Q&A with Sarah Waters

With a brand new stage adaptation of her critically acclaimed novel The Night Watch underway, Vicky Edwards puts best-selling author Sarah Waters is in the hot seat… 

What was the inspiration for The Night Watch?

I wanted to explore a more sombre story – a story about people who’d seen a bit of life and been bruised by it – and I was drawn to the idea of the Second World War. I knew that the war had been a time of great fear and anxiety for people on the home front, but also a time of adventure, of social and sexual license – especially perhaps for young people, and especially for women, who had subsequently experienced a certain closing-down of opportunity with the return to peacetime life. Once I started to explore the period, I became fascinated by it. I looked in particular at London, and could see that the war had cast this extraordinary spell over the city, transforming its landscape with bomb sites and the blackout, creating vivid, sometimes secret pockets of intimacy and excitement. I thought about heroism, and rising to the occasion, and ‘doing one’s bit’ – but also about betrayal and failure and letting people down. I found characters, and stories, to play out those issues for me.

Novels, once written, are pretty much done and dusted. Being performed live, plays have scope to evolve. How do you feel about that?

It’s one of the things I love about theatre: the fact that plays are alive, immediate, different in every production – different, in fact, in every performance. A play text itself is really the skeleton of a play: it’s given flesh, brought to life, by its cast, its director, its lighting, its sound and costume designers. With Hattie’s [Naylor’s] adaptation, I could see new layers being added at every point of its journey to the stage. That was very exciting. 

Hattie Naylor adapted your book for the stage. What was the process of working together on your book like? 

Well, I feel a bit grand claiming to have ‘worked’ with Hattie, since all the work was hers. However, I definitely felt very included in the process, though not really in a creative way – I didn’t see that as my role. First we met, right at the start, to discuss the book and her vision of it. After that I saw drafts of the play, and gave a little bit of feedback, which Hattie was very generous about taking on board. I could tell from early on that Hattie wasn’t going to misrepresent the story and its characters, so I never felt anxious about the adaptation. I found it fascinating, actually, to watch that translation from page to stage.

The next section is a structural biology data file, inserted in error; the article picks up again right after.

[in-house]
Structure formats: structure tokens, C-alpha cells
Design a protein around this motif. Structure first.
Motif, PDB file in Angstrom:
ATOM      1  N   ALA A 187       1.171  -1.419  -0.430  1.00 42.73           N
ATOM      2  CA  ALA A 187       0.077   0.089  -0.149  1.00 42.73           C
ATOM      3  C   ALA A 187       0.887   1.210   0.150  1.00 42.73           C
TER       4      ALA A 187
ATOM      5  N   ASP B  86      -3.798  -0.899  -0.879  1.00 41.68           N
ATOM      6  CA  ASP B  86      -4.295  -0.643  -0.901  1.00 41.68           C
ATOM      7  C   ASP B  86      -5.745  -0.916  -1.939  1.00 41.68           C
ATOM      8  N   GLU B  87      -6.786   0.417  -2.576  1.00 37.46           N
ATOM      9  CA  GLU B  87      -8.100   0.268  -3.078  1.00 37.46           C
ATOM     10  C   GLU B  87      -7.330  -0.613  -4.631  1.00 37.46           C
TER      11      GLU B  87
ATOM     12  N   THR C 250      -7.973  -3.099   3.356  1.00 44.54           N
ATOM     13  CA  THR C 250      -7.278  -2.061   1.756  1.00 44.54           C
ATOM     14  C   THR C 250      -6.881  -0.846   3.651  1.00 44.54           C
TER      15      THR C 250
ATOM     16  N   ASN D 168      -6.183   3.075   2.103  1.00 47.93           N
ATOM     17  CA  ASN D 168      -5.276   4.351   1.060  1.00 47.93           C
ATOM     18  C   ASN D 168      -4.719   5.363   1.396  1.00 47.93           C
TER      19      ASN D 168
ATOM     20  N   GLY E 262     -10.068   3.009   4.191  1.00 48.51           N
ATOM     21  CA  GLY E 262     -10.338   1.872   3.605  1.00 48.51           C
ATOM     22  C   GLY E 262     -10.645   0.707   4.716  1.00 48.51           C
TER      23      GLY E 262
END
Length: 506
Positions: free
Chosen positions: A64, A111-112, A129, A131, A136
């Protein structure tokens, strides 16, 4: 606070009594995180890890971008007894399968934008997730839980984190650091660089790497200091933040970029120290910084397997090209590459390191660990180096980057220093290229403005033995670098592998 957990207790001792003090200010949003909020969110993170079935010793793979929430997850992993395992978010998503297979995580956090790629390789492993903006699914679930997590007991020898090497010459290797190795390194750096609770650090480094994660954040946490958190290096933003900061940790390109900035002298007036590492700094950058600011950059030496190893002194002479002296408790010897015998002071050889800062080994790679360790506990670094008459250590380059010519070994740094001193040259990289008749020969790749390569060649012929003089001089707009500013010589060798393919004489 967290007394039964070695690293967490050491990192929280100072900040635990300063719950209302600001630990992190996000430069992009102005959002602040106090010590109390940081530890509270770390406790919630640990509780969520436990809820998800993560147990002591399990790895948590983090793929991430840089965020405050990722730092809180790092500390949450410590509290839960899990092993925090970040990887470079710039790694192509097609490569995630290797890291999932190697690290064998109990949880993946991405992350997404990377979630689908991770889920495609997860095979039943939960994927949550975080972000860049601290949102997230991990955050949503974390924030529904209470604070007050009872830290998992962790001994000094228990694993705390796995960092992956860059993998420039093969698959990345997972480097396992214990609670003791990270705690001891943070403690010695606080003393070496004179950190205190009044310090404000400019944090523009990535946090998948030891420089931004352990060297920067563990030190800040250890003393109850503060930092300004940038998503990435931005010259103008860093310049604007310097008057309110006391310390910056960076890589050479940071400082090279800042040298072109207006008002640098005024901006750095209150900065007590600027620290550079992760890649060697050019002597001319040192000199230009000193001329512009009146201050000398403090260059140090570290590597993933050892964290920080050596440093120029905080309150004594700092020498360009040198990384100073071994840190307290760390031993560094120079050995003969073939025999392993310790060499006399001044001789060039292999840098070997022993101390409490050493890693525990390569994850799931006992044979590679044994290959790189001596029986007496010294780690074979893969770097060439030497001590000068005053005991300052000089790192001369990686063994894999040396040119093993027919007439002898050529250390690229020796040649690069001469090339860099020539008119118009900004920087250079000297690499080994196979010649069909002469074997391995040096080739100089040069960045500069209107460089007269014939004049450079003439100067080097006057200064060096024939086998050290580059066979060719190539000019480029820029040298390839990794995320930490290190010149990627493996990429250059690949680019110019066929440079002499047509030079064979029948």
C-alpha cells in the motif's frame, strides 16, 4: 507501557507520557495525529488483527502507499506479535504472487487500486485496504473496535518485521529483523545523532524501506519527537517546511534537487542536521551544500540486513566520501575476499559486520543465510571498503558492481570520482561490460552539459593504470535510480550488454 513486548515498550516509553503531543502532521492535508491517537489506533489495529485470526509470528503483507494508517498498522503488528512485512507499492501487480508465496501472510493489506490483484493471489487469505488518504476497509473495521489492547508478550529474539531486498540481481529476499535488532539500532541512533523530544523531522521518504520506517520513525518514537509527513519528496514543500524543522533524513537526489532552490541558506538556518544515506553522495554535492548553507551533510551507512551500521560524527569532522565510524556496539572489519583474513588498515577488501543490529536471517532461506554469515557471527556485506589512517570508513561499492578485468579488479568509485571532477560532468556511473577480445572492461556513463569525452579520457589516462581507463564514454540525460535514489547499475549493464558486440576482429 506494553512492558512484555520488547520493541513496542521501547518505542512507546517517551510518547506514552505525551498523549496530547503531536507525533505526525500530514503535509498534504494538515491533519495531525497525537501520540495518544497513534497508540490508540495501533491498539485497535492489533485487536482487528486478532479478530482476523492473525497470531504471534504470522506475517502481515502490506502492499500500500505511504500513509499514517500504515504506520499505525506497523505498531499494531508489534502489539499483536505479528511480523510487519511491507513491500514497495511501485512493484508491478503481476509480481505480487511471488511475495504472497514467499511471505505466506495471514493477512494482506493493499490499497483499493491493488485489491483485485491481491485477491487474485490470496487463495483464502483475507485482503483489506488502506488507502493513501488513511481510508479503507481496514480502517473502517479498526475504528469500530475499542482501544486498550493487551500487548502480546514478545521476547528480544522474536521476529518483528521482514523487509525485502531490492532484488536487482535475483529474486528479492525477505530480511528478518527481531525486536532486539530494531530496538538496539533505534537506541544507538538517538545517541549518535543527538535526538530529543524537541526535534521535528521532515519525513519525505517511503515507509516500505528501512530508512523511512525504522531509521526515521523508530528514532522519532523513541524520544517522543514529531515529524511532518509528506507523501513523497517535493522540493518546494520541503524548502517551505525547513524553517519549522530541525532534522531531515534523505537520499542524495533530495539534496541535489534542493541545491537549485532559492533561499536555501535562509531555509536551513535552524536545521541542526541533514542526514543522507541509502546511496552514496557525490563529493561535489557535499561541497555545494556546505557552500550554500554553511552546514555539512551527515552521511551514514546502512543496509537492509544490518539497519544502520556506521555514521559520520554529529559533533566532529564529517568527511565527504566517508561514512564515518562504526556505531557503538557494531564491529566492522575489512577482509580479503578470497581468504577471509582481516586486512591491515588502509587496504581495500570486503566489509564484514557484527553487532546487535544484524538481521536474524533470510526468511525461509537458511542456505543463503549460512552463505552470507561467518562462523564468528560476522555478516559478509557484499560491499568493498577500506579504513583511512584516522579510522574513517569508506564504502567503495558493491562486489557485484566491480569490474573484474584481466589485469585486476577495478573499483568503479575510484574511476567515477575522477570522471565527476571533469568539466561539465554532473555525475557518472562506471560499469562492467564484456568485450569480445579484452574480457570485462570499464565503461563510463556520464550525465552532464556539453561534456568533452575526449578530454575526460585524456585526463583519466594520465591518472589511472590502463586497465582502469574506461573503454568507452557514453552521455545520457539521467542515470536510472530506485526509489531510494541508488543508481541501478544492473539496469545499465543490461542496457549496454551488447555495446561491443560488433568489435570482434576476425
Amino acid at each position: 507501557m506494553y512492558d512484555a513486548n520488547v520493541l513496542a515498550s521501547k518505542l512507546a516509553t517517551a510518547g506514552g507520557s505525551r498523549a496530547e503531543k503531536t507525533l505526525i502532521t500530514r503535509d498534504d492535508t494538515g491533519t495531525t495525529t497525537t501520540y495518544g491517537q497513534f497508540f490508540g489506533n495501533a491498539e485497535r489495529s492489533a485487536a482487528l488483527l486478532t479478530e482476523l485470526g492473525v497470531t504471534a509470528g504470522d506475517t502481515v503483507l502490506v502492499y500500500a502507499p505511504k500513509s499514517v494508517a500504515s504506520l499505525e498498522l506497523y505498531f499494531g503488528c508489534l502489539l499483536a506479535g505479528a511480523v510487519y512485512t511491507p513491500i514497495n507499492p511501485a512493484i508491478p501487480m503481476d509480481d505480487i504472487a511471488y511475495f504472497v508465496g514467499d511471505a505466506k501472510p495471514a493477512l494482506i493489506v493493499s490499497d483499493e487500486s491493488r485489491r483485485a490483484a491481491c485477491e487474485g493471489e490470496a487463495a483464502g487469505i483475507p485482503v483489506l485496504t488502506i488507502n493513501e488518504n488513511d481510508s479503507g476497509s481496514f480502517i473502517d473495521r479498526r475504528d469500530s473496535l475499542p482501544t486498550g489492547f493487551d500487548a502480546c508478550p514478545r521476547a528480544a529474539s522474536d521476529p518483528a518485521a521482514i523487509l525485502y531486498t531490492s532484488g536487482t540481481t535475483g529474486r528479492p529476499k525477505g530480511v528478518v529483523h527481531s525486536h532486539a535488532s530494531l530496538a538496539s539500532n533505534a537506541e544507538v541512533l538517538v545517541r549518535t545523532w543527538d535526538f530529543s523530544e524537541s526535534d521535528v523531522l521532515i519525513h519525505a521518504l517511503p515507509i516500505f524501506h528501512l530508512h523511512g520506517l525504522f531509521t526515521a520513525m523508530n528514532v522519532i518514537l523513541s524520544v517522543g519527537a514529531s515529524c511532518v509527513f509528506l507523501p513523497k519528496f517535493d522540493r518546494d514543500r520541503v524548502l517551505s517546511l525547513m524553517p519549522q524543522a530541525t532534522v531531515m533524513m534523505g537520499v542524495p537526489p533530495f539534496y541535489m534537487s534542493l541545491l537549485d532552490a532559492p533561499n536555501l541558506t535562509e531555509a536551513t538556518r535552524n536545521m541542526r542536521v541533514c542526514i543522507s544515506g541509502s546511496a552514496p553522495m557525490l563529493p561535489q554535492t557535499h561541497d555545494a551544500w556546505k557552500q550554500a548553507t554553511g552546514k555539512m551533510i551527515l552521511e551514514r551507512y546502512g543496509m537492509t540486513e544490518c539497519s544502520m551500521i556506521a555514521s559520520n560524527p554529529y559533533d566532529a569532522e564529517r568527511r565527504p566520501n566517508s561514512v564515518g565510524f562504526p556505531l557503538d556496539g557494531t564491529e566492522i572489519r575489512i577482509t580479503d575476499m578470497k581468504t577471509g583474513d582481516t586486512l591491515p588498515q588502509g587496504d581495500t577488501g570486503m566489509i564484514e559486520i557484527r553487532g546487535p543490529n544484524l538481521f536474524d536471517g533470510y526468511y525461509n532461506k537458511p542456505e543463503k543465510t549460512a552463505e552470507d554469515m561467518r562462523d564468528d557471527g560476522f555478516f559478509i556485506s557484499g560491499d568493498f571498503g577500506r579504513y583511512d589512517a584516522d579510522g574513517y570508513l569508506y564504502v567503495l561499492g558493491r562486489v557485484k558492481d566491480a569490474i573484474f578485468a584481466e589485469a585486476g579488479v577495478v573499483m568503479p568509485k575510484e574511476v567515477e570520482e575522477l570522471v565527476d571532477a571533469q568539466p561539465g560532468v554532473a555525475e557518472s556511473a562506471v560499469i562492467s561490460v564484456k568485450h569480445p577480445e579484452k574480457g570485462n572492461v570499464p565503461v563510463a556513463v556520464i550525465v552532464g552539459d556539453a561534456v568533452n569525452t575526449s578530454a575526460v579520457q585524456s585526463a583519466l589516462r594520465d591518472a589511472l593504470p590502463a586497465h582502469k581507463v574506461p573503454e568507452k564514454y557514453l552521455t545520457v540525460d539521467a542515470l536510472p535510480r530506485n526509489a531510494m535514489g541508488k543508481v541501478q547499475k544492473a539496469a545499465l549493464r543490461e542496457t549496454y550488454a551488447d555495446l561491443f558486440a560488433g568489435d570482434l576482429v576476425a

Without giving too much away, what can audiences who have read and loved the book expect from the stage production?

 Hattie’s play, to me, feels utterly true to the spirit of the novel. It keeps the reverse chronology of the book, so we first meet the characters when they’re disappointed, a bit stuck – when they are, almost literally, living in the ruins of their former lives – and then we follow them back in time, to uncover the dramas that have brought them to where they are. The Night Watch is a novel of intense ‘moments’: we visit the characters at certain key times in their lives, and have to a certain extent to fill in the gaps between them. The play captures this quite physically, with a pared-down cast, and it uses the theatre space in a pared-down way, too. The effect is very moving. In fact, it was only from watching the play that I realised what a sad story I had written. 

Are you a keen theatre-goer?

I’ve loved the theatre for a long time. I grew up near Milford Haven in Pembrokeshire, where we were lucky enough to have a lively local repertory theatre, the Torch. I used to volunteer as an usher there when I was a teenager in the early 1980s, so got to see a whole range of plays and shows, things like Joking ApartGodspellRope, the odd bit of George Bernard Shaw – the productions occasionally a bit creaky, but all completely enthralling to someone like me, whose only experience of theatre as a child had been Christmas pantomimes. (I still really love pantomimes, however.) Now I go to the theatre a lot. I like smaller, more intimate or immersive experiences, as well as more traditional plays. When theatre’s bad, it’s excruciating. But when it’s good, it’s like nothing else – it’s electric.

According to a recent report there are more submissions to publishers than ever before. What advice would you give to unpublished aspiring novelist?

It’s definitely a tough time to be a debut novelist. Publishers are far less willing than they used to be to take a punt on more unusual novels, far keener to chase bestsellers, to follow literary formulas. There are also pressures on authors to have an online presence – to be their own publicist, to a certain extent – and while that suits some authors really well, it doesn’t suit all. The important thing, however, is the quality of the writing, so most of my advice would concentrate on that. I’d say: develop a discipline. Write every day if you can, even if you don’t feel like it. (I hardly ever feel like it for the first hour or so; then, suddenly, I’m flying.) I’d say: read a lot, and read critically. Think about the effects that other authors have achieved in their books, and try to work out how they’ve achieved them. Above all: keep going! Rewrite, rewrite, rewrite. Don’t fall back on lazy story-telling or lazy phrasing. The finished book doesn’t have to be the best book in the world; but it does have to be the best book you can personally make it.

The Night Watch is at York Theatre Royal from 4th to 7th September. It’s going to be a good one!


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